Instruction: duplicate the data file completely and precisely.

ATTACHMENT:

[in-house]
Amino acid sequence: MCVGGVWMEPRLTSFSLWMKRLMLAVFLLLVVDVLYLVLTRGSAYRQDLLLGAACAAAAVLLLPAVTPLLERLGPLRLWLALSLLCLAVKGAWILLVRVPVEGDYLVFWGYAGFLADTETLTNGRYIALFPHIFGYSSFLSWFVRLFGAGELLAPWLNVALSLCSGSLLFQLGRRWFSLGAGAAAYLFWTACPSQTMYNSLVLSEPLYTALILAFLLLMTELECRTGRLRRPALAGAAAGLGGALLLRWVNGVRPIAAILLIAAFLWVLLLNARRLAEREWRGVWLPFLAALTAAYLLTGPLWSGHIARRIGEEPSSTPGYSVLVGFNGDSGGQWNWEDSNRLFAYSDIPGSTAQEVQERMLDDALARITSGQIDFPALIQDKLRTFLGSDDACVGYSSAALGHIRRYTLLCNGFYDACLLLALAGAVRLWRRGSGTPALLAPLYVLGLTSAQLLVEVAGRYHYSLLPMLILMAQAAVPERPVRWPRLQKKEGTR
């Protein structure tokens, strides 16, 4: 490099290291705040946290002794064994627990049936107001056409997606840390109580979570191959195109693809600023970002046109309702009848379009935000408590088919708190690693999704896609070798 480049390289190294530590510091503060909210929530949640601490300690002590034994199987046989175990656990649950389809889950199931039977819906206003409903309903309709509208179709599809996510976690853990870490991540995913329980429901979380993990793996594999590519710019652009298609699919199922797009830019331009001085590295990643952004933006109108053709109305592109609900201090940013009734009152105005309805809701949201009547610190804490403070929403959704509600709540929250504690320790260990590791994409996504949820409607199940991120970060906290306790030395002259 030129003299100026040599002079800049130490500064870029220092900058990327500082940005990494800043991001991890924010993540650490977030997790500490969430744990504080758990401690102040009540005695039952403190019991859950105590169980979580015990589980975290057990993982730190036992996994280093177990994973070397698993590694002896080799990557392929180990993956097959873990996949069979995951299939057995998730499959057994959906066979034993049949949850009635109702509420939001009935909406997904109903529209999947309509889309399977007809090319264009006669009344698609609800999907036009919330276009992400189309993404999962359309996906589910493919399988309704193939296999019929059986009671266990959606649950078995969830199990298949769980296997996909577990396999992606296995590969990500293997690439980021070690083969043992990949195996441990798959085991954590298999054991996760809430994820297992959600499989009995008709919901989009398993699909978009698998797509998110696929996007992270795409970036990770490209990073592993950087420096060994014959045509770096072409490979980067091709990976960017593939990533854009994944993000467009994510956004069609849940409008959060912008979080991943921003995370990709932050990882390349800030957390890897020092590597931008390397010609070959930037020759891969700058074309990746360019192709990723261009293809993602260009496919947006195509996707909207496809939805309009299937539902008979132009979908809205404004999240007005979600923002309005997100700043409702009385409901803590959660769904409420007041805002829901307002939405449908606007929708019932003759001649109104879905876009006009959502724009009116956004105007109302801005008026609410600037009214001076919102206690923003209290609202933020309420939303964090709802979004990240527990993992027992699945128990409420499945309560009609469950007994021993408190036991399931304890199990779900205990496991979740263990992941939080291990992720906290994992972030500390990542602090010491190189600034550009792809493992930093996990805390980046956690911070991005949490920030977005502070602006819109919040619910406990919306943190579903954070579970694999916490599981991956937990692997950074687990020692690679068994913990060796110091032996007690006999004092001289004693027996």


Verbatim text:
[in-house]
Amino acid sequence: MCVGGVWMEPRLTSFSLWMKRLMLAVFLLLVVDVLYLVLTRGSAYRQDLLLGAACAAAAVLLLPAVTPLLERLGPLRLWLALSLLCLAVKGAWILLVRVPVEGDYLVFWGYAGFLADTETLTNGRYIALFPHIFGYSSFLSWFVRLFGAGELLAPWLNVALSLCSGSLLFQLGRRWFSLGAGAAAYLFWTACPSQTMYNSLVLSEPLYTALILAFLLLMTELECRTGRLRRPALAGAAAGLGGALLLRWVNGVRPIAAILLIAAFLWVLLLNARRLAEREWRGVWLPFLAALTAAYLLTGPLWSGHIARRIGEEPSSTPGYSVLVGFNGDSGGQWNWEDSNRLFAYSDIPGSTAQEVQERMLDDALARITSGQIDFPALIQDKLRTFLGSDDACVGYSSAALGHIRRYTLLCNGFYDACLLLALAGAVRLWRRGSGTPALLAPLYVLGLTSAQLLVEVAGRYHYSLLPMLILMAQAAVPERPVRWPRLQKKEGTR
């Protein structure tokens, strides 16, 4: 490099290291705040946290002794064994627990049936107001056409997606840390109580979570191959195109693809600023970002046109309702009848379009935000408590088919708190690693999704896609070798 480049390289190294530590510091503060909210929530949640601490300690002590034994199987046989175990656990649950389809889950199931039977819906206003409903309903309709509208179709599809996510976690853990870490991540995913329980429901979380993990793996594999590519710019652009298609699919199922797009830019331009001085590295990643952004933006109108053709109305592109609900201090940013009734009152105005309805809701949201009547610190804490403070929403959704509600709540929250504690320790260990590791994409996504949820409607199940991120970060906290306790030395002259 030129003299100026040599002079800049130490500064870029220092900058990327500082940005990494800043991001991890924010993540650490977030997790500490969430744990504080758990401690102040009540005695039952403190019991859950105590169980979580015990589980975290057990993982730190036992996994280093177990994973070397698993590694002896080799990557392929180990993956097959873990996949069979995951299939057995998730499959057994959906066979034993049949949850009635109702509420939001009935909406997904109903529209999947309509889309399977007809090319264009006669009344698609609800999907036009919330276009992400189309993404999962359309996906589910493919399988309704193939296999019929059986009671266990959606649950078995969830199990298949769980296997996909577990396999992606296995590969990500293997690439980021070690083969043992990949195996441990798959085991954590298999054991996760809430994820297992959600499989009995008709919901989009398993699909978009698998797509998110696929996007992270795409970036990770490209990073592993950087420096060994014959045509770096072409490979980067091709990976960017593939990533854009994944993000467009994510956004069609849940409008959060912008979080991943921003995370990709932050990882390349800030957390890897020092590597931008390397010609070959930037020759891969700058074309990746360019192709990723261009293809993602260009496919947006195509996707909207496809939805309009299937539902008979132009979908809205404004999240007005979600923002309005997100700043409702009385409901803590959660769904409420007041805002829901307002939405449908606007929708019932003759001649109104879905876009006009959502724009009116956004105007109302801005008026609410600037009214001076919102206690923003209290609202933020309420939303964090709802979004990240527990993992027992699945128990409420499945309560009609469950007994021993408190036991399931304890199990779900205990496991979740263990992941939080291990992720906290994992972030500390990542602090010491190189600034550009792809493992930093996990805390980046956690911070991005949490920030977005502070602006819109919040619910406990919306943190579903954070579970694999916490599981991956937990692997950074687990020692690679068994913990060796110091032996007690006999004092001289004693027996």